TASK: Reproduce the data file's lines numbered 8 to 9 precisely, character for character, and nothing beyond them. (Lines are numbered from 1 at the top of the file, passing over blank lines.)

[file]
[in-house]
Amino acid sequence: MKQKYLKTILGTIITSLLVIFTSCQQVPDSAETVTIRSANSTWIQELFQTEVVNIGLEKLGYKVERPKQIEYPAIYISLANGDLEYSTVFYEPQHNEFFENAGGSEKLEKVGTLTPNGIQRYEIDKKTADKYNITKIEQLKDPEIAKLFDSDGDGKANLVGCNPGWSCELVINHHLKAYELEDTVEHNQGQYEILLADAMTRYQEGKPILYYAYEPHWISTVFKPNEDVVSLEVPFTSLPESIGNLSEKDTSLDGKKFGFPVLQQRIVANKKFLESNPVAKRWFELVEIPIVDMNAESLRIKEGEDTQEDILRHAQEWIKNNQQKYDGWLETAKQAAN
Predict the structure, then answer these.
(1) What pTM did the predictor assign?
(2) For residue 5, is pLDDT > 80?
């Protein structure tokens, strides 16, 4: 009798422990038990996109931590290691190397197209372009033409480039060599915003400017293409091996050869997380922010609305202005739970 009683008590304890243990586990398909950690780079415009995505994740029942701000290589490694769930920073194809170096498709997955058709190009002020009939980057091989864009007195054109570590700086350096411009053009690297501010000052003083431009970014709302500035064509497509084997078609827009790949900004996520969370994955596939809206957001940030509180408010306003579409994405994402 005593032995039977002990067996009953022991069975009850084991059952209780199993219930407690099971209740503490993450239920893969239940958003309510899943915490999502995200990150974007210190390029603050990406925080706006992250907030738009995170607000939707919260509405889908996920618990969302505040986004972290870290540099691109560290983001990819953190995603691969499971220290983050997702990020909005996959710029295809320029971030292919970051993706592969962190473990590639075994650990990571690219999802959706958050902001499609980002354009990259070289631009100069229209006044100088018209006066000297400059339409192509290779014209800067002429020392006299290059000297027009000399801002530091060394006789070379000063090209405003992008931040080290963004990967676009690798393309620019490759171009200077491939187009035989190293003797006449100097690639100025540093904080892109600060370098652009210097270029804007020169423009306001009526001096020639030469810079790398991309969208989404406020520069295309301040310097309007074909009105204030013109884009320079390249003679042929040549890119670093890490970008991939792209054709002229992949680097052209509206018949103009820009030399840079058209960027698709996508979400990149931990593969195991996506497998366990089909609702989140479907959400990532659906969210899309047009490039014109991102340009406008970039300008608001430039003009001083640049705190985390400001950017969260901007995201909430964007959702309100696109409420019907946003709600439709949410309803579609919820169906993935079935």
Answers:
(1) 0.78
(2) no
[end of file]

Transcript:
(1) 0.78
(2) no